SLGI Asset Management Inc. integrates environmental, social and governance factors (ESG) into our process for evaluating, selecting and monitoring sub-advisors. In this report excerpt, MFS Investment Management (one of our sub-advisors) writes about its ESG activities in the second quarter of 2021.
Climate action a key commitment
On 7 July 2021, MFS became a signatory to the Net Zero Asset Managers Initiative (NZAM). Launched in December 2020, NZAM is an international group of asset managers committed to supporting the goal of net zero greenhouse gas emissions by 2050 or sooner, in line with global efforts to limit warming to 1.5 degrees Celsius above preindustrial levels. MFS is proud to make this commitment, and we believe the initiative’s goals are well aligned with our active ownership approach and the expectations we have for companies held in our portfolios.
ESG inherent across all assets, including real estate
During the second quarter, we also made the decision to become a member of Global Real Estate Sustainability Benchmark (GRESB). GRESB is an industry-driven organization committed to assessing the ESG performance of real assets globally, including real estate portfolios and infrastructure. GRESB’s annual survey is completed by approximately 240 REITs and many more private organizations. Most questions are focused on environmental issues, but some social topics are covered as well. These surveys are evaluated and scored by GRESB and feedback is provided to each organization that responds. As members, we plan to use and evaluate the reports and data that GRESB provides.
Addressing the need for more disclosures
Additionally, Sun Life (MFS’ parent company) provided comment on the U.S. Securities and Exchange Commission’s consultation on climate change disclosures, and MFS contributed to a separate comment letter developed by the Investment Company Institute (ICI). MFS also contributed to and signed onto a letter organized by Ceres that was sent to the four major auditing firms, encouraging better disclosure around auditing and evaluation of climate risks. Additionally, MFS wrote a letter to the Financial Accounting Standards Board (FASB) regarding the insufficiency of corporate tax disclosures, requesting the organization to improve its reporting standards on corporate tax issues.
Collaborating towards progress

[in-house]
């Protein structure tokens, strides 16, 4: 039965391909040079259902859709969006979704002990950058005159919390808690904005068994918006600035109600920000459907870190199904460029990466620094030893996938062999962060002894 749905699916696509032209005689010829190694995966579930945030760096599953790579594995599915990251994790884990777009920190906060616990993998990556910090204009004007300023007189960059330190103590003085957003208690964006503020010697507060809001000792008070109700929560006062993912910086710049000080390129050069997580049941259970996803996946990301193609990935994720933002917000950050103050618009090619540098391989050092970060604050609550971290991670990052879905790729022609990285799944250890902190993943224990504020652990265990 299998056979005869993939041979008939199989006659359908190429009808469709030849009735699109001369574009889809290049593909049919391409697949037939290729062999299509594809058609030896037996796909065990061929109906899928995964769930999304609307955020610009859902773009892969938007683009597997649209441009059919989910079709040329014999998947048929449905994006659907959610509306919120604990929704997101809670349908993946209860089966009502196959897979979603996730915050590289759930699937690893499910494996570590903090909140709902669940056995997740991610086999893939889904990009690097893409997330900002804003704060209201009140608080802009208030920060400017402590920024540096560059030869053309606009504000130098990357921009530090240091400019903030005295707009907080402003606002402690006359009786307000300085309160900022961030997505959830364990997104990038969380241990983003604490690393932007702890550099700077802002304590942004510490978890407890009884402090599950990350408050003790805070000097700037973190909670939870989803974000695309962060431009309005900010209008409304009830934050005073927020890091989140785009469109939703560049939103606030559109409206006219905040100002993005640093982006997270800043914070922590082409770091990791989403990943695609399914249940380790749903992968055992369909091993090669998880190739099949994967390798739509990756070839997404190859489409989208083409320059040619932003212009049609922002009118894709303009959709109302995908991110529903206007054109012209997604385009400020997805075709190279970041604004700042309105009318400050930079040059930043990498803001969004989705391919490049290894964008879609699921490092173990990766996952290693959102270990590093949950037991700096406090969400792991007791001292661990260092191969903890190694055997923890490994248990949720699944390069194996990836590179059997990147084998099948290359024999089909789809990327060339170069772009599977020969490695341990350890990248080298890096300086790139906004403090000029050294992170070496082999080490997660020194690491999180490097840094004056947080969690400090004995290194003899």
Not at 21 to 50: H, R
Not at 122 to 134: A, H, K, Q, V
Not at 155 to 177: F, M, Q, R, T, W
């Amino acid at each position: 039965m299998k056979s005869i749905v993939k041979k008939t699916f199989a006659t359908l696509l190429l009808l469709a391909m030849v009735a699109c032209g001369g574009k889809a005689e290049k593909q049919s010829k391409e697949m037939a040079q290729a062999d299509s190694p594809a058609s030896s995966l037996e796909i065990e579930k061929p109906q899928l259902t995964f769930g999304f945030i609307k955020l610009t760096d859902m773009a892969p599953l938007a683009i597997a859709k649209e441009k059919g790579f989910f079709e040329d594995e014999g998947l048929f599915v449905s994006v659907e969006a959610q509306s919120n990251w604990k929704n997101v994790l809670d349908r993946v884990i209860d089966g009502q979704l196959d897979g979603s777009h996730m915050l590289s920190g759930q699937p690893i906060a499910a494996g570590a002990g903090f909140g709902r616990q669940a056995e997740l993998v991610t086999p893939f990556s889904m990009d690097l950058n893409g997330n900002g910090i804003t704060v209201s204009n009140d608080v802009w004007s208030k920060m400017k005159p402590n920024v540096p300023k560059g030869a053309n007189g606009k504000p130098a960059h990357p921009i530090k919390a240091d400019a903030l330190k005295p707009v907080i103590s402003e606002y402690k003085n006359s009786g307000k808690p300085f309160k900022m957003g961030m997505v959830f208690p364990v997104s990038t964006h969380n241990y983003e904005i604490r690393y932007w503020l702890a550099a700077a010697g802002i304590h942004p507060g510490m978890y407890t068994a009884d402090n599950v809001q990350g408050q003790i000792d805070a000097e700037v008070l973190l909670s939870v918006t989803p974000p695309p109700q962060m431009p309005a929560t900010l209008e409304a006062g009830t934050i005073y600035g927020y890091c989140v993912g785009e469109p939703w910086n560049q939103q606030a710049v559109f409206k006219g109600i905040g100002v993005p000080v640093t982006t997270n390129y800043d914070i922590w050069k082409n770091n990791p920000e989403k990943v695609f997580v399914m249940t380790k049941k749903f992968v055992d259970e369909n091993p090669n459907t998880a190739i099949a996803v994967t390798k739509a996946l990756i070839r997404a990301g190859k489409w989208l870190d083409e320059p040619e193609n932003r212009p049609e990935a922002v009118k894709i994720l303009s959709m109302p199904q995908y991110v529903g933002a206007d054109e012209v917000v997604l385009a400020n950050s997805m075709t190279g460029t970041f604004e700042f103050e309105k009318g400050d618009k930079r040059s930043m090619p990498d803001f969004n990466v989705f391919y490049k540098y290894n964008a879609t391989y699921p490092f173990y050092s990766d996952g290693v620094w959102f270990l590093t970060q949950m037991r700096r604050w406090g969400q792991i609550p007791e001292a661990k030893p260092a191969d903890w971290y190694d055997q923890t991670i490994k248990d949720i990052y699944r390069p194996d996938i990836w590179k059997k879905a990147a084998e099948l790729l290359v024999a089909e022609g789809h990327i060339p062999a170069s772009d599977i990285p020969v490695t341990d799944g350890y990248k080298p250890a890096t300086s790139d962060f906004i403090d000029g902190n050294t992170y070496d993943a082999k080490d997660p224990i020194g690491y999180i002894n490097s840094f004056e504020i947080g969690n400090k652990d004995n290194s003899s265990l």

During the quarter, we remained active participants in many industry groups. For example, we continue to actively contribute to multiple Climate Action 100+ engagements. Our team also made contributions to the work of the Workforce Disclosure Initiative (WDI), both by providing feedback to enhance the WDI’s company survey and participating as a panellist on a webinar hosted by the organization.
Over the past three months, our investment team has developed several pieces of high-quality ESG/sustainability research. Our sector teams held dedicated meetings to discuss climate risks and opportunities in aviation, pricing and access in pharma/biotech and social issues in financials, among other topics. These meetings were informed by proprietary research in these areas and engagement with many company management teams on these topics. Our investment team has also spent considerable time evaluating various other ESG risks and opportunities, such as the environmental impacts associated with automobile tires.
Active ownership case study
Active ownership is a powerful tool in the ESG toolbox, and proxy voting is one of the relevant levers. This was apparent during this past quarter in relation to a proxy contest at an oil supermajor. The company has faced growing criticism, most recently from an activist hedge fund, which has raised concerns around performance, strategy and board composition. More generally, the critique centers around poor capital allocation and a lack of board preparedness for an energy transition. The hedge fund launched a proxy contest, nominating four replacements to the 12-member board of directors at the oil company whom they believe bring much needed expertise and would aid the board’s ability to enact the energy transition needed. This is the highest-profile case to date of activist investors putting forward a dissident slate due to a company’s lack of progress on energy transitioning.
Members of our investment and proxy teams met to debate the oil company’s climate transition risks and recent actions taken by the executive team to improve the company’s management of those risks. We had long viewed the company’s actions as insufficient for managing these risks, but we needed to understand which of several votes and potential changes would produce the best outcome for the company and MFS’ clients. After much consideration, the team agreed that voting in favour of the hedge fund’s four nominees was necessary to increase the board’s overall level of awareness of and experience in areas of renewable technologies. In this historic vote, three of the four dissident nominees were elected to the oil company’s board of directors.
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